Objective. This study was undertaken to determine whether serial bone age (BA) radiographs were obtained in patients with growth hormone deficiency and to assess whether there were differences in outcome between subjects with and without monitoring of BA radiographs.
Research Design and Methods. Data were collected from the National Cooperative Growth Study database on growth hormone-deficient subjects who were treated for at least 3 years. Comparisons were made among three groups of subjects: 1) those with BAs at entry versus those without; 2) those with BA values in the first year of follow-up if an entry radiograph had not been done versus those with no first-year examination; and 3) those with a BA at entry and yearly for 3 years versus those with no radiographs during the same period. Differences in the change in height standard deviation score (SDS); change in height age, age, pubertal progression, number of visits, growth hormone dosage; and number of growth hormone injections per week were compared.
Results. Of the 6191 subjects assessed, 93% had at least one BA radiograph obtained; there was a mean of 3.6 ± 2.6 total number of BA radiographs per patient during the 5.2 ± 1.9 years of follow-up. Subjects with BA values at entry were older and had slightly higher cumulative height SDS and height age change compared with those without BA values at entry. Subjects with BA assessment during the first year were older and had shorter growth hormone treatment time and slightly better cumulative change in height SDS and height age than did those without BA in the first year. Comparing those with serial BA determination for the first 3 years of treatment versus those with no BA values, those with BA were older, more pubertal, seen more often, had more growth hormone injections per week of a comparable growth hormone dosage, and had slightly larger cumulative change in height SDS and height age than those without x-rays.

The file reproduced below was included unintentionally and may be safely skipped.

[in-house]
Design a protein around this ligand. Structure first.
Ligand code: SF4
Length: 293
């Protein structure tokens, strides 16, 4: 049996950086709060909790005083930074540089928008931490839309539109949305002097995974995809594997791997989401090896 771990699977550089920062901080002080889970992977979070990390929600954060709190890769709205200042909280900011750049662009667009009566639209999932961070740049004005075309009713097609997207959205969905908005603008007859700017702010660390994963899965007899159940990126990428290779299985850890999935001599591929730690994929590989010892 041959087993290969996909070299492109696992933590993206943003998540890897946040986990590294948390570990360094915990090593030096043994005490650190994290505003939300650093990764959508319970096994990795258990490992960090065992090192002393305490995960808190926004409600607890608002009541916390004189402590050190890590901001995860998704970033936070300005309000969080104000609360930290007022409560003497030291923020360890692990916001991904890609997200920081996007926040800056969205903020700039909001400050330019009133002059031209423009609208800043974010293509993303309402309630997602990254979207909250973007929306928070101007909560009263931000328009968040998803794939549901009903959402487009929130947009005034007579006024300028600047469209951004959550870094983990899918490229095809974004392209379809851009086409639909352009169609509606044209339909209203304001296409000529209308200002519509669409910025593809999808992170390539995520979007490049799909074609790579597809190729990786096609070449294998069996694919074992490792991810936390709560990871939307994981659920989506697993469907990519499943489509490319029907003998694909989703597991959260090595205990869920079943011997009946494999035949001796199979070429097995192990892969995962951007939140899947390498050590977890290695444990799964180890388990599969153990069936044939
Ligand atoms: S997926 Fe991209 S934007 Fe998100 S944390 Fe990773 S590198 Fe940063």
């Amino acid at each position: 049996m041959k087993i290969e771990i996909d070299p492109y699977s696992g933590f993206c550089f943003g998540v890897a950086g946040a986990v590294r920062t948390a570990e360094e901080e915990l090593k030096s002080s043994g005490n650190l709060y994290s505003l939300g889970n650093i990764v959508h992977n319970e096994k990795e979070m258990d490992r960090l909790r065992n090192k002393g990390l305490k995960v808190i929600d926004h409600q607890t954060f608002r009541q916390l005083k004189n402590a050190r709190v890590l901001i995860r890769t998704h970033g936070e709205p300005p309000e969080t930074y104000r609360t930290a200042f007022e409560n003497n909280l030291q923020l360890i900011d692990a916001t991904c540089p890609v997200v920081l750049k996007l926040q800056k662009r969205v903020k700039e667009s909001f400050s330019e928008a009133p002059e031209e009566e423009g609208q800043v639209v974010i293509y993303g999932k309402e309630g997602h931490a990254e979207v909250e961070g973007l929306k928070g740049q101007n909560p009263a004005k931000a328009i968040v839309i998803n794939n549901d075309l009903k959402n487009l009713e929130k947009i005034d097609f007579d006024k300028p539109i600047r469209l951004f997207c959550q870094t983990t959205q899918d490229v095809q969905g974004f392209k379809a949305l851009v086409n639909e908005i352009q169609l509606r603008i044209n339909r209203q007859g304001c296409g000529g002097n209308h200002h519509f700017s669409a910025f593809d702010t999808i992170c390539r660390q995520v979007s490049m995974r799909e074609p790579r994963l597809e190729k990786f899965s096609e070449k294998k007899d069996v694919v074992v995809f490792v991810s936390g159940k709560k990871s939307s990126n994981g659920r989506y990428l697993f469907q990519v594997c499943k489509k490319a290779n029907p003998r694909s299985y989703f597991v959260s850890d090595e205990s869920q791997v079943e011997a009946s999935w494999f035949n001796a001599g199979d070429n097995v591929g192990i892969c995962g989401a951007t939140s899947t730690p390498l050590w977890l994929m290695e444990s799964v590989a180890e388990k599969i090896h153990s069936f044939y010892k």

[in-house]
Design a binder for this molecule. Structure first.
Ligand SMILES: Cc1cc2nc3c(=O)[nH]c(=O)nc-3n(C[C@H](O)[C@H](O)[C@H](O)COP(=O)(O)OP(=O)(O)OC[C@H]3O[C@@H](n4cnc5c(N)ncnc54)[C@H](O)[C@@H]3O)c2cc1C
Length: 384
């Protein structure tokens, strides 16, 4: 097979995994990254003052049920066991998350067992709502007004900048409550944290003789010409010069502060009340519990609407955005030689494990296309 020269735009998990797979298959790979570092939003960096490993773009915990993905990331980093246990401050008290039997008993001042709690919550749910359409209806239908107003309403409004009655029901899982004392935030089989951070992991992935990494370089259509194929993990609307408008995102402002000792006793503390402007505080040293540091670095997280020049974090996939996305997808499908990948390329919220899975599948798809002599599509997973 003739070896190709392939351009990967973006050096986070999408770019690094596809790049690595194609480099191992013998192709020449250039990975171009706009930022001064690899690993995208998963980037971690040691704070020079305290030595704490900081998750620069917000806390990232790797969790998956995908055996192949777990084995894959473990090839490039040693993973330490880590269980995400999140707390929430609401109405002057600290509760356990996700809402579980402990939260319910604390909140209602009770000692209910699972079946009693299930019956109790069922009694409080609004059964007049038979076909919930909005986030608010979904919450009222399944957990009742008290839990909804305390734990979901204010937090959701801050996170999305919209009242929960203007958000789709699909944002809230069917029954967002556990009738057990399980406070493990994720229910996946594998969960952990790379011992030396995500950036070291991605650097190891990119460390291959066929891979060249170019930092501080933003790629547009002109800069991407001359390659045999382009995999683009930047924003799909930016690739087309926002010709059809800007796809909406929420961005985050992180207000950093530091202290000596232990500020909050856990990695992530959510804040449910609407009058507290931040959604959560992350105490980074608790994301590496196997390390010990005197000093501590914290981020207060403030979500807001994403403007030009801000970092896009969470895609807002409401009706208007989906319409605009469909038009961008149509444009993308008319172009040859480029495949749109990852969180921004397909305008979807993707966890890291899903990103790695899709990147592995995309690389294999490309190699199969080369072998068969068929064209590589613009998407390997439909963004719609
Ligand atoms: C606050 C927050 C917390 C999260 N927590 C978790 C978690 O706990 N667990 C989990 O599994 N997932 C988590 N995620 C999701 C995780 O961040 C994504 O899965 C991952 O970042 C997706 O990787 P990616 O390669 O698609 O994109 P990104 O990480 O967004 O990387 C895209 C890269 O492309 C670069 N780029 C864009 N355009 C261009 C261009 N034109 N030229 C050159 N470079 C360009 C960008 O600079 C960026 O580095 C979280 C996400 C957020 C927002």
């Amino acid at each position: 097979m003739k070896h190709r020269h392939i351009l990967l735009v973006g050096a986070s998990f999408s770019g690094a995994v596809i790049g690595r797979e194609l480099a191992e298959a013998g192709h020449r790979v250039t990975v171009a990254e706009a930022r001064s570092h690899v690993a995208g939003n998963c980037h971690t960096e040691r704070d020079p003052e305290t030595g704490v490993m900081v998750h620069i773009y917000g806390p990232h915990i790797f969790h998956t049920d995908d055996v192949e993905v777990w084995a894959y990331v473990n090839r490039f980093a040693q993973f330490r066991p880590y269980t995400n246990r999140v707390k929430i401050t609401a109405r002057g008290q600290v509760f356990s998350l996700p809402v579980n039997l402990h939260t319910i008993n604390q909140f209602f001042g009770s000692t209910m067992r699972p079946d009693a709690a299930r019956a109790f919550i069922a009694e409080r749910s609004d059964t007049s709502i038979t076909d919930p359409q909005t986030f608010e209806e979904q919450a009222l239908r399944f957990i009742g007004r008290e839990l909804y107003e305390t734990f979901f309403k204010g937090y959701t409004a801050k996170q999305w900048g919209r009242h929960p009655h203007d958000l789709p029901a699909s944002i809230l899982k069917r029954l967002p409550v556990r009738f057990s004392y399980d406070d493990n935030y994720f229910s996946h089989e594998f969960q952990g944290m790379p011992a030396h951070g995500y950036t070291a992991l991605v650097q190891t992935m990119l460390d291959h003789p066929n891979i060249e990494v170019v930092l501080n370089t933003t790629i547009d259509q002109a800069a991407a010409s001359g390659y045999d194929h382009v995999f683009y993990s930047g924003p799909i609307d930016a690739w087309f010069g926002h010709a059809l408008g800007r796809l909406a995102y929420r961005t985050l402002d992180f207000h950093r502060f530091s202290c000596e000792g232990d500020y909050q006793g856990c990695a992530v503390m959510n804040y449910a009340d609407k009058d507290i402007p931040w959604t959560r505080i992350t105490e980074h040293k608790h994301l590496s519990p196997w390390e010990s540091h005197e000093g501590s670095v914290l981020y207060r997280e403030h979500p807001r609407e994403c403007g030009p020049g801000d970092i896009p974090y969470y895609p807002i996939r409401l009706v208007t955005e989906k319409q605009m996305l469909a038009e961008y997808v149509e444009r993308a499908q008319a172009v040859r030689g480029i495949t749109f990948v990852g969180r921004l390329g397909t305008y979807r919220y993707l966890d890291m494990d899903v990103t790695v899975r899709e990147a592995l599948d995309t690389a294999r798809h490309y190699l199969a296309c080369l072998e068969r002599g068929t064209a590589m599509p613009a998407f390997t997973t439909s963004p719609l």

Conclusions. These data suggest that National Cooperative Growth Study investigators find it of benefit to obtain baseline and follow-up measurements of BA in most subjects treated with growth hormone. Subjects with BA monitoring do slightly better than do those whose skeletal maturation is not measured. BA assessment should be considered part of the follow-up of patients treated with growth hormone therapy.
The utility of estimating and following skeletal maturation using radiographs of the left hand and wrist and comparing them to the standards of Gruelich and Pyle1 has come into question for subjects treated with growth hormone (GH). It has been suggested that serial assessment of bone age (BA) adds little to clinical decision-making concerning GH dosage and duration of treatment. This is in contrast to the known value of following serial BA radiographs in the research arena. There is large body of literature that has been accumulated for the years during which GH treatment has been available that depends on comparing the change in height age to the change in BA to predict adult height outcome and potential efficacy of GH therapy.2,,3 This is valid in the wide variety of conditions in which GH has been investigated and in the circumstances in which it has been used alone or in combination with other growth-promoting agents.4,,5
The purpose of this study was to determine whether serial BA radiographs were obtained in patients receiving GH treatment and to assess whether there were any differences in monitoring or outcome for subjects with and without these radiograph examinations. Comparisons were made concerning age at initiation of GH therapy, pubertal status, growth velocity, GH dosage, injection schedule, and visit frequency between GH-deficient subjects with and without serial BA determinations from the National Cooperative Growth Study (NCGS) database.
MATERIALS AND METHODS
Analysis concerning the frequency of BA monitoring was made on the NCGS database as of December 31, 1997. Data were included from patients who had GH deficiency (GHD), including patients with idiopathic and organic GHD, who were naive to GH therapy at enrollment in NCGS, had maximal stimulated GH levels <10 mg/mL, and who had at least 3 years of treatment with GH. Comparisons were made for various selected groupings based on the frequency of BA determinations at enrollment and during each of the first 3 years of treatment. The data were analyzed comparing the following: 1) those patients with BA determination at entry versus no BA at entry; 2) subjects who had no BA determination at enrollment but who had BA during the first year of follow-up versus no BA during the first year of follow-up; and 3) the two extreme groupings of patients who had BA at entry and during each of the 3 years of follow-up versus those with no BA at entry or during any of the 3 years of follow-up.